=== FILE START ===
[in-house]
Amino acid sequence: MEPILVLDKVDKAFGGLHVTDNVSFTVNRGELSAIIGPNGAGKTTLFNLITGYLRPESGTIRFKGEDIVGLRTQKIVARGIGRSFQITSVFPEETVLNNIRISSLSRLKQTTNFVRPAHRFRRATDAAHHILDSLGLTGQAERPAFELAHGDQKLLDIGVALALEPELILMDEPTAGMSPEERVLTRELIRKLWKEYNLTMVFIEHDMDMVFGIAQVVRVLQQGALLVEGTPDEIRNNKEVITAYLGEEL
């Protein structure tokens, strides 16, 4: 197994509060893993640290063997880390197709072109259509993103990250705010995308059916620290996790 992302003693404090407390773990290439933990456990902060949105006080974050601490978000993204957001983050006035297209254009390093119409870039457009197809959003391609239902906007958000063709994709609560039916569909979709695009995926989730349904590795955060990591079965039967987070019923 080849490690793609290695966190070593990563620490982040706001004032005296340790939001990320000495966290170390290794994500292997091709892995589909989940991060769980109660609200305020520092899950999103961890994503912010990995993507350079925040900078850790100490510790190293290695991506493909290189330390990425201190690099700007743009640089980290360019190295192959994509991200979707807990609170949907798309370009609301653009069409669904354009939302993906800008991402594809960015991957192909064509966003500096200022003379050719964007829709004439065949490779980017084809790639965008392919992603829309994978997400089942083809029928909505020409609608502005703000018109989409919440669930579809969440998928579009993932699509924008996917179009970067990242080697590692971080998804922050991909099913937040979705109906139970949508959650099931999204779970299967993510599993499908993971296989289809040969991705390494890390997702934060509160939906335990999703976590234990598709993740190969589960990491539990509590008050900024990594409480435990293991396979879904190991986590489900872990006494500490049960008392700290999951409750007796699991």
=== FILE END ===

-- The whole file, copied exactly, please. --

[in-house]
Amino acid sequence: MEPILVLDKVDKAFGGLHVTDNVSFTVNRGELSAIIGPNGAGKTTLFNLITGYLRPESGTIRFKGEDIVGLRTQKIVARGIGRSFQITSVFPEETVLNNIRISSLSRLKQTTNFVRPAHRFRRATDAAHHILDSLGLTGQAERPAFELAHGDQKLLDIGVALALEPELILMDEPTAGMSPEERVLTRELIRKLWKEYNLTMVFIEHDMDMVFGIAQVVRVLQQGALLVEGTPDEIRNNKEVITAYLGEEL
């Protein structure tokens, strides 16, 4: 197994509060893993640290063997880390197709072109259509993103990250705010995308059916620290996790 992302003693404090407390773990290439933990456990902060949105006080974050601490978000993204957001983050006035297209254009390093119409870039457009197809959003391609239902906007958000063709994709609560039916569909979709695009995926989730349904590795955060990591079965039967987070019923 080849490690793609290695966190070593990563620490982040706001004032005296340790939001990320000495966290170390290794994500292997091709892995589909989940991060769980109660609200305020520092899950999103961890994503912010990995993507350079925040900078850790100490510790190293290695991506493909290189330390990425201190690099700007743009640089980290360019190295192959994509991200979707807990609170949907798309370009609301653009069409669904354009939302993906800008991402594809960015991957192909064509966003500096200022003379050719964007829709004439065949490779980017084809790639965008392919992603829309994978997400089942083809029928909505020409609608502005703000018109989409919440669930579809969440998928579009993932699509924008996917179009970067990242080697590692971080998804922050991909099913937040979705109906139970949508959650099931999204779970299967993510599993499908993971296989289809040969991705390494890390997702934060509160939906335990999703976590234990598709993740190969589960990491539990509590008050900024990594409480435990293991396979879904190991986590489900872990006494500490049960008392700290999951409750007796699991």